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Working collaboratively with communities, Mycelium creates a scalable model for what community climate resilience can look like at a school across several areas of climate resilience: electricity, food, water, and air, each of which pertains to an area of our programming (Science for Survival, Growing Our Health: Food, Soil, and Carbon Drawdown, Water is Life, and Clean Air is a Right – see below for description of programming). We work with and alongside each community to:

  1. Prioritize areas of concern related to climate change for that community

  2. Develop practical solutions that will be embedded in a tailored curriculum for middle and high school students

  3. Guide youth in building out those solutions at their school. 

All of our programming under the Climate Resilient Schools Initiative is Next Generation Science Standard (NGSS) aligned.  

Climate Resilient Programming 


MYN focuses on climate resilience and climate mitigation to create and strengthen existing holistic relationships and build out regenerative economies. We believe it is imperative that our youth are trained in both climate adaptation and mitigation as part of their math and science education in order to lead the way toward comprehensive solutions to climate change. Our vision for creating transformational education is based on two dual beliefs: 

Hands holding the ground shaped like a heart with roots and a tree growing. Three arrows encircling the image. Text on arrow 1: climate and community resilience. Text on arrow 2: applied science, technology, engineering and mathematics. Text on arrow 3: indigenous, ancestral traditions and wisdom.
Students look at garden bed with yellow flowers


Ancestral Traditions and Relationships:


Indigenous communities offer a wealth of in-depth wisdom derived from generations-long understanding of the land. We believe the fundamental incorporation of ancestral practice into our everyday life is a form of skill-building and identity affirmation to position youth— particularly those of color— to see themselves as leaders of their communities.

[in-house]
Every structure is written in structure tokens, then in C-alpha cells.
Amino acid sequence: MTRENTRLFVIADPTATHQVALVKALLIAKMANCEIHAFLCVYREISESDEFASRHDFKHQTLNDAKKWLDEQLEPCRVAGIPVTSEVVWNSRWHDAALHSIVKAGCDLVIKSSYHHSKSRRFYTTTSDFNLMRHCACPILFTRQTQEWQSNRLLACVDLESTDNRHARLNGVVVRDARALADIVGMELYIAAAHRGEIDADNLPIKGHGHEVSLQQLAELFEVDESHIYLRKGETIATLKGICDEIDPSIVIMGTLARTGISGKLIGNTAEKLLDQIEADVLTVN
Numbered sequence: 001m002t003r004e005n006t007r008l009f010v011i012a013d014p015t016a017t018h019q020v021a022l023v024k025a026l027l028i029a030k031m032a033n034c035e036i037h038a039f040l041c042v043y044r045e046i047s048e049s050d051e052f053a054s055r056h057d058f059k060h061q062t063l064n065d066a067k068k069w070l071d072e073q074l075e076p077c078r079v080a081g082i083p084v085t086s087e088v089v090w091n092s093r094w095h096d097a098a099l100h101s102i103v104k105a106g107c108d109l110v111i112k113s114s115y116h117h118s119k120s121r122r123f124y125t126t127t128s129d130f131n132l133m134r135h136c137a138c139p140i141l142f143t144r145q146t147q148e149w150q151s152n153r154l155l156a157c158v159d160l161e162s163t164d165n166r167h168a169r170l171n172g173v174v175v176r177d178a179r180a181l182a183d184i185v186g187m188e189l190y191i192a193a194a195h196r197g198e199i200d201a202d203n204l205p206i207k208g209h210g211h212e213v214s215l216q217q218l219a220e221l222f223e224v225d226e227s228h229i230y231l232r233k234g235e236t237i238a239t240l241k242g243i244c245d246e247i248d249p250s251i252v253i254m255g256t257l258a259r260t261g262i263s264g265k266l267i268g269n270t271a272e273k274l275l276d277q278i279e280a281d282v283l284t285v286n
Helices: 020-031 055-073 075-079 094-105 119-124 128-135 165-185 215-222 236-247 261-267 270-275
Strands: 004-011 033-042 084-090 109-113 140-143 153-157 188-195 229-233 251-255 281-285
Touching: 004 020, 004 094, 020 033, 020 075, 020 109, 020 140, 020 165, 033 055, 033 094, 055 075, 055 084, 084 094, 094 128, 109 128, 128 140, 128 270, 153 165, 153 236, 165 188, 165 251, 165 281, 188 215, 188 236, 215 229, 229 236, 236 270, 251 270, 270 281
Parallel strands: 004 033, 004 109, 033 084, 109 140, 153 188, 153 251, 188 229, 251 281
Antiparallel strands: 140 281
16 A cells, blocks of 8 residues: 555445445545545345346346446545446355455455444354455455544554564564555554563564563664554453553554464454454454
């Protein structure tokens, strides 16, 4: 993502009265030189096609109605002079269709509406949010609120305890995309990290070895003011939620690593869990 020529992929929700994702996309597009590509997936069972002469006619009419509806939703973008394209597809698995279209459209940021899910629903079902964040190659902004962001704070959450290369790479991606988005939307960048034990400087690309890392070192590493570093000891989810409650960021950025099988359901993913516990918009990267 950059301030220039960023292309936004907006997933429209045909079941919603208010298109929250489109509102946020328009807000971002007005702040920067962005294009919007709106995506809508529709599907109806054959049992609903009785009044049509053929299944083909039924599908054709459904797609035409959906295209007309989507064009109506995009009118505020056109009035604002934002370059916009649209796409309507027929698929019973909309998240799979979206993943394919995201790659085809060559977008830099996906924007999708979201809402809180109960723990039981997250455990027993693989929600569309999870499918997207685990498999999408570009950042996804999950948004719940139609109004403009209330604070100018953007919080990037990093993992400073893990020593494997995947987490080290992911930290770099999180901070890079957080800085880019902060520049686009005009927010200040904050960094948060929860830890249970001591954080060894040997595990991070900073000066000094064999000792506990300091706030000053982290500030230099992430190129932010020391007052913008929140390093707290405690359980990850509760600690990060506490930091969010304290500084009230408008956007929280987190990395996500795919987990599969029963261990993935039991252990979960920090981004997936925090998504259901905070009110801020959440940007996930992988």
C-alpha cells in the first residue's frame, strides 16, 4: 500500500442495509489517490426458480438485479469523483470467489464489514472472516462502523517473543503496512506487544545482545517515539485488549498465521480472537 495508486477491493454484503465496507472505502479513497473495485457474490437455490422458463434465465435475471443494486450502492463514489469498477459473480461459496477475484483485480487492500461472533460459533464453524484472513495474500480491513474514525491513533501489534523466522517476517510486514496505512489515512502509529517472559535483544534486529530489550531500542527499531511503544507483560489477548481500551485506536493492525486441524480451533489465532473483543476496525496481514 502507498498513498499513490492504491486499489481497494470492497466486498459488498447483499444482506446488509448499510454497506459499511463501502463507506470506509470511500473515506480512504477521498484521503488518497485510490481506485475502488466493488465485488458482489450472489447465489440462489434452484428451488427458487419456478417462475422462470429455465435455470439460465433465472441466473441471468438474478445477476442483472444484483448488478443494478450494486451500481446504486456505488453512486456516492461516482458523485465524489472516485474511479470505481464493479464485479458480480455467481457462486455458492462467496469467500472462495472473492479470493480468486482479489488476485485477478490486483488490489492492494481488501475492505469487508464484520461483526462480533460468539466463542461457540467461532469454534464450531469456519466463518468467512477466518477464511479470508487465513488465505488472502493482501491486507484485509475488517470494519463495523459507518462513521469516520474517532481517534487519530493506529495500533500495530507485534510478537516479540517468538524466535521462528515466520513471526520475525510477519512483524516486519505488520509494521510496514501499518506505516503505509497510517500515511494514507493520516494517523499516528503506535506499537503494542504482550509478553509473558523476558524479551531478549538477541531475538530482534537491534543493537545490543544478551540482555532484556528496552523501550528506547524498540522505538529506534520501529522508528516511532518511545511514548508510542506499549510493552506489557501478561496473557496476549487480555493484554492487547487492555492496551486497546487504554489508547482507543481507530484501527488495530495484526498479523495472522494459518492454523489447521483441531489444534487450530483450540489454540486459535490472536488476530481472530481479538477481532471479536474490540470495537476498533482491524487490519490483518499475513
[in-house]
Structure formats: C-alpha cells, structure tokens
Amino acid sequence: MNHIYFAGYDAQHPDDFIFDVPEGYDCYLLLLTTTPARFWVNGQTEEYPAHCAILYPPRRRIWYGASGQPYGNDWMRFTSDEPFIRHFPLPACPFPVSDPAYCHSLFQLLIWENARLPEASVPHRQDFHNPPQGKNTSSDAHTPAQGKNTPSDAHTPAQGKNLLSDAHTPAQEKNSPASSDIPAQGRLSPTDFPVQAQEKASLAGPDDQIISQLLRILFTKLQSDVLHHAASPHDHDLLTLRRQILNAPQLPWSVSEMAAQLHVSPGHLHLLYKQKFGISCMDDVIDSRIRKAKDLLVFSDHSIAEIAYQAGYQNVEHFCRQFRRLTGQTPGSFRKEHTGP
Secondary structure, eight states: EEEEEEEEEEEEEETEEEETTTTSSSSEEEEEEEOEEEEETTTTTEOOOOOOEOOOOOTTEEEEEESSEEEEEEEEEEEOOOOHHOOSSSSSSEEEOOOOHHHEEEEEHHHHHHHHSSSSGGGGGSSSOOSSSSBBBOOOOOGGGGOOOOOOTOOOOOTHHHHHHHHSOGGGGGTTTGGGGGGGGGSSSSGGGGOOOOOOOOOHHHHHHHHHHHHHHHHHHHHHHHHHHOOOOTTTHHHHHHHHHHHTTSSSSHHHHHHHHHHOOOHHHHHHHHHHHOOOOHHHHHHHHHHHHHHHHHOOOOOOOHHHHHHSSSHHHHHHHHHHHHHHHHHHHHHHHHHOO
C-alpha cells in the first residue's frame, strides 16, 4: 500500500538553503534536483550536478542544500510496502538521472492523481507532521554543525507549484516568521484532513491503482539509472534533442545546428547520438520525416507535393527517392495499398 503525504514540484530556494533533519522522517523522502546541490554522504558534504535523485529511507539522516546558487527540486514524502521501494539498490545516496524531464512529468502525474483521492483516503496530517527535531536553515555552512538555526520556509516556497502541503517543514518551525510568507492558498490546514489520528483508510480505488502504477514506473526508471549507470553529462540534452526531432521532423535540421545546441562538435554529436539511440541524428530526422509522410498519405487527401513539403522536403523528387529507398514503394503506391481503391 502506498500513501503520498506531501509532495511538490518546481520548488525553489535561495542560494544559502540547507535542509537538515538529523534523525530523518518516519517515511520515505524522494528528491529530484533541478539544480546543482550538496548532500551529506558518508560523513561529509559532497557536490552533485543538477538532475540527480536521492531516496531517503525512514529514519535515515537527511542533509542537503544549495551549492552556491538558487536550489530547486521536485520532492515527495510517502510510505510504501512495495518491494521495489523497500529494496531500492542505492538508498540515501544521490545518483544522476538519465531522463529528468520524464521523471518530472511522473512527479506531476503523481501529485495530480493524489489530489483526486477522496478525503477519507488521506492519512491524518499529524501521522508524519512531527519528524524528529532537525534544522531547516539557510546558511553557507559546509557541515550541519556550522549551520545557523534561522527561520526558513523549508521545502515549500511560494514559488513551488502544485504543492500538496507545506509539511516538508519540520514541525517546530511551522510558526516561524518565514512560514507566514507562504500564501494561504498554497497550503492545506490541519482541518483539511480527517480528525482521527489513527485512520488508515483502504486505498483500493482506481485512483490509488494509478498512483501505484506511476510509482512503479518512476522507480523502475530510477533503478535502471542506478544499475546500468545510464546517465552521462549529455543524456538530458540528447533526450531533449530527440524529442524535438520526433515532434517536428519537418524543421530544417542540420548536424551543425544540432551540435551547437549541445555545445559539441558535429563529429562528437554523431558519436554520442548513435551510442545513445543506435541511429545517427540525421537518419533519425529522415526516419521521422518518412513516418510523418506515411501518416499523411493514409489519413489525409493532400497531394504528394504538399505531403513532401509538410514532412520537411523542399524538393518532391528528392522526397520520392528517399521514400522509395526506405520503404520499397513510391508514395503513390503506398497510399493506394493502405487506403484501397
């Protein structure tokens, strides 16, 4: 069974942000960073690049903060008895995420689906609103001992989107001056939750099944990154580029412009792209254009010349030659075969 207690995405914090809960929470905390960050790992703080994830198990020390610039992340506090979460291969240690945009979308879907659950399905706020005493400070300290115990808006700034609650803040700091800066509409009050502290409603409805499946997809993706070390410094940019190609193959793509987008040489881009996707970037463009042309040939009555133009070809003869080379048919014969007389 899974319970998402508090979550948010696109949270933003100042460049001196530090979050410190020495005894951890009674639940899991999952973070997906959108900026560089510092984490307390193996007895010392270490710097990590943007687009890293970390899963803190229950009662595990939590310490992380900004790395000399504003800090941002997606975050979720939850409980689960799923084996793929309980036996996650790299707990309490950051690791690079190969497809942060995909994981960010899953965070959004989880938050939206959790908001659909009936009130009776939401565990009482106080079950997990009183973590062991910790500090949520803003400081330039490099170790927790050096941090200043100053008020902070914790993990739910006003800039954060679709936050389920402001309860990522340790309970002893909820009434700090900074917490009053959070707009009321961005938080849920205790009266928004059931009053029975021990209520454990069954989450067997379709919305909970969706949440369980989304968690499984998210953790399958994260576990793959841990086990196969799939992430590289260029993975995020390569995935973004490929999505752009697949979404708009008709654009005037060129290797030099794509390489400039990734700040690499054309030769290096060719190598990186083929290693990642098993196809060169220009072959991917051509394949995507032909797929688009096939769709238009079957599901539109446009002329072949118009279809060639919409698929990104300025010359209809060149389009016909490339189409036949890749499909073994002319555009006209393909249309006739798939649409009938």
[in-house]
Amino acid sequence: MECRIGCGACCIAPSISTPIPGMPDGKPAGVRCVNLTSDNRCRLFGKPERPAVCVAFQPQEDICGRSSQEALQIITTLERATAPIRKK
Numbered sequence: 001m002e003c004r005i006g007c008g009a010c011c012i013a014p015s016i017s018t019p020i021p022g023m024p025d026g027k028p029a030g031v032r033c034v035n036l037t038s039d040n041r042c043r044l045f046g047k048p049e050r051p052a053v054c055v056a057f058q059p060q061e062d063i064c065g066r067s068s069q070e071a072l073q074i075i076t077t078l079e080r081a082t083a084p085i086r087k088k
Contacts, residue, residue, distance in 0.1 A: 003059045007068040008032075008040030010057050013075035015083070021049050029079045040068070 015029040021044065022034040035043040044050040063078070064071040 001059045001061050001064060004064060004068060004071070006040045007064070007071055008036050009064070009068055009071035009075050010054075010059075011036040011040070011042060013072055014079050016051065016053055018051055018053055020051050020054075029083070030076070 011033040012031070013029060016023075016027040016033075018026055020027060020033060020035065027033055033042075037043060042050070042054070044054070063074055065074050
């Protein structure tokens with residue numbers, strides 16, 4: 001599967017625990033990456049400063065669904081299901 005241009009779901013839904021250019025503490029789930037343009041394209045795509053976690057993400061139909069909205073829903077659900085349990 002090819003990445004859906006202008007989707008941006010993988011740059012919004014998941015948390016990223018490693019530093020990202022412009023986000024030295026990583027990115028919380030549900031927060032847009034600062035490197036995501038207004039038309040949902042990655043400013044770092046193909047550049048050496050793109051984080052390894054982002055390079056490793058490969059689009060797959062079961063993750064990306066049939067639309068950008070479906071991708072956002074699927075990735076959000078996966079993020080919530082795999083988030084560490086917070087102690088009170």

A 2018 study in the Environmental Science and Policy Journal found that integration of western science and site-specific indigenous knowledge is the surest and most comprehensive way to combat climate change. For example, weaving oral traditions with land management allows for a richer and more comprehensive experience for the learner. Additionally, creating pedagogy that employs ancestral wisdom and practices allows for culturally relevant curriculum that engages and draws in youth, especially youth of color, and empowers them to feel pride and ownership over solutions. 

Science Technology Engineering
Arts and Math (STEAM)

Science Technology Engineering Arts and Math (STEAM) curriculum: Research has proven time and again that youth learn best when they are able to directly engage in solutions. Hands-on STEAM projects enable youth to merge high academic concepts with practical applications to real-world solutions. This pushes young people to see themselves as change-makers who can have a genuine impact on their environment.  

Our programming is NGSS standards-aligned and is created to be both site specific as well as easily adaptable across a range of geographic locations. Our curriculum is designed to meet the needs of youth and communities in real-time as these issues arise. It is meant to be site- and community-specific while also recognizing the inherent truth of large thematics across multiple ancestral communities.

Student holding a container while another student pours water into container
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